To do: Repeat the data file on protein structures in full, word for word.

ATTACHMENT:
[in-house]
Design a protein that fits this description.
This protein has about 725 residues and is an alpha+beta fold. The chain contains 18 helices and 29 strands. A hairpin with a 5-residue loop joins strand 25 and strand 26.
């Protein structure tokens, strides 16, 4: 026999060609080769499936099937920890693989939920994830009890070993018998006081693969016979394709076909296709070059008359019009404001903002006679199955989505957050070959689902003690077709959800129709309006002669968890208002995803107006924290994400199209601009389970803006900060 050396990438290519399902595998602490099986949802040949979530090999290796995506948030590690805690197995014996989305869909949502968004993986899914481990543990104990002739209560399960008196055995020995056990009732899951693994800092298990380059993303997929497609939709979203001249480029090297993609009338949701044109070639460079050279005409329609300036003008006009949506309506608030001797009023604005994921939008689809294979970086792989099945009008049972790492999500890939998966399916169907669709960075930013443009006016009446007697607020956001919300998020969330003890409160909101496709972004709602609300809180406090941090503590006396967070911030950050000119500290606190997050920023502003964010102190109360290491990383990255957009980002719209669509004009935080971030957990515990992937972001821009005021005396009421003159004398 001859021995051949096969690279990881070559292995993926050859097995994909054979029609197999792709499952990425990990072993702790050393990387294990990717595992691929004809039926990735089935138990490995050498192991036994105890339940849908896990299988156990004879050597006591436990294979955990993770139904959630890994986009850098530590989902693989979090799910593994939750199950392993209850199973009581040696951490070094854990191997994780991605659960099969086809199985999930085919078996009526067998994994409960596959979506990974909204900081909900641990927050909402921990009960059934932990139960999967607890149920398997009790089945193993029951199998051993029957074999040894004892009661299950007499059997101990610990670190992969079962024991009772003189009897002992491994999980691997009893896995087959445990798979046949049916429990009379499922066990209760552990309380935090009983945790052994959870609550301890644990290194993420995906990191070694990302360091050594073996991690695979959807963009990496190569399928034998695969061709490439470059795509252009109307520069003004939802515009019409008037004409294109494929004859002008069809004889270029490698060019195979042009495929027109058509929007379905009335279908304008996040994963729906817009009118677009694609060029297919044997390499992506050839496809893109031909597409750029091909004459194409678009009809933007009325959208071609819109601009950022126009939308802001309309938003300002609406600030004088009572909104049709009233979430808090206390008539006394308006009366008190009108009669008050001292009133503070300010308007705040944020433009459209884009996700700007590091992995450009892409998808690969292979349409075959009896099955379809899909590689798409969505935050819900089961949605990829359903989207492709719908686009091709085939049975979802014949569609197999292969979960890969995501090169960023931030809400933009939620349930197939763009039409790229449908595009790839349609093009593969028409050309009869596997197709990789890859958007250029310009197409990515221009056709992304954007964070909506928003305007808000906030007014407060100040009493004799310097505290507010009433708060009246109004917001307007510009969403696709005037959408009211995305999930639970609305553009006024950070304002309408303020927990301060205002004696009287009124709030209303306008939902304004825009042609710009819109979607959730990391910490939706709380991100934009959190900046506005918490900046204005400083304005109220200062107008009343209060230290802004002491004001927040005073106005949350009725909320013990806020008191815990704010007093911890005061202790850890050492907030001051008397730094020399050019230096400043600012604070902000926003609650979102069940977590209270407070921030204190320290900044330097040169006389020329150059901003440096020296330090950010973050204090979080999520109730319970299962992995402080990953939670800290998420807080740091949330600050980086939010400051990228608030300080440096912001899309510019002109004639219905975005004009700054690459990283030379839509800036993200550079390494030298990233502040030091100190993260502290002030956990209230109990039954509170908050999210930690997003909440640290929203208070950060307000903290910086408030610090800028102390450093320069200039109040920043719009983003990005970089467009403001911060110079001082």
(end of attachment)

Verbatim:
[in-house]
Design a protein that fits this description.
This protein has about 725 residues and is an alpha+beta fold. The chain contains 18 helices and 29 strands. A hairpin with a 5-residue loop joins strand 25 and strand 26.
């Protein structure tokens, strides 16, 4: 026999060609080769499936099937920890693989939920994830009890070993018998006081693969016979394709076909296709070059008359019009404001903002006679199955989505957050070959689902003690077709959800129709309006002669968890208002995803107006924290994400199209601009389970803006900060 050396990438290519399902595998602490099986949802040949979530090999290796995506948030590690805690197995014996989305869909949502968004993986899914481990543990104990002739209560399960008196055995020995056990009732899951693994800092298990380059993303997929497609939709979203001249480029090297993609009338949701044109070639460079050279005409329609300036003008006009949506309506608030001797009023604005994921939008689809294979970086792989099945009008049972790492999500890939998966399916169907669709960075930013443009006016009446007697607020956001919300998020969330003890409160909101496709972004709602609300809180406090941090503590006396967070911030950050000119500290606190997050920023502003964010102190109360290491990383990255957009980002719209669509004009935080971030957990515990992937972001821009005021005396009421003159004398 001859021995051949096969690279990881070559292995993926050859097995994909054979029609197999792709499952990425990990072993702790050393990387294990990717595992691929004809039926990735089935138990490995050498192991036994105890339940849908896990299988156990004879050597006591436990294979955990993770139904959630890994986009850098530590989902693989979090799910593994939750199950392993209850199973009581040696951490070094854990191997994780991605659960099969086809199985999930085919078996009526067998994994409960596959979506990974909204900081909900641990927050909402921990009960059934932990139960999967607890149920398997009790089945193993029951199998051993029957074999040894004892009661299950007499059997101990610990670190992969079962024991009772003189009897002992491994999980691997009893896995087959445990798979046949049916429990009379499922066990209760552990309380935090009983945790052994959870609550301890644990290194993420995906990191070694990302360091050594073996991690695979959807963009990496190569399928034998695969061709490439470059795509252009109307520069003004939802515009019409008037004409294109494929004859002008069809004889270029490698060019195979042009495929027109058509929007379905009335279908304008996040994963729906817009009118677009694609060029297919044997390499992506050839496809893109031909597409750029091909004459194409678009009809933007009325959208071609819109601009950022126009939308802001309309938003300002609406600030004088009572909104049709009233979430808090206390008539006394308006009366008190009108009669008050001292009133503070300010308007705040944020433009459209884009996700700007590091992995450009892409998808690969292979349409075959009896099955379809899909590689798409969505935050819900089961949605990829359903989207492709719908686009091709085939049975979802014949569609197999292969979960890969995501090169960023931030809400933009939620349930197939763009039409790229449908595009790839349609093009593969028409050309009869596997197709990789890859958007250029310009197409990515221009056709992304954007964070909506928003305007808000906030007014407060100040009493004799310097505290507010009433708060009246109004917001307007510009969403696709005037959408009211995305999930639970609305553009006024950070304002309408303020927990301060205002004696009287009124709030209303306008939902304004825009042609710009819109979607959730990391910490939706709380991100934009959190900046506005918490900046204005400083304005109220200062107008009343209060230290802004002491004001927040005073106005949350009725909320013990806020008191815990704010007093911890005061202790850890050492907030001051008397730094020399050019230096400043600012604070902000926003609650979102069940977590209270407070921030204190320290900044330097040169006389020329150059901003440096020296330090950010973050204090979080999520109730319970299962992995402080990953939670800290998420807080740091949330600050980086939010400051990228608030300080440096912001899309510019002109004639219905975005004009700054690459990283030379839509800036993200550079390494030298990233502040030091100190993260502290002030956990209230109990039954509170908050999210930690997003909440640290929203208070950060307000903290910086408030610090800028102390450093320069200039109040920043719009983003990005970089467009403001911060110079001082």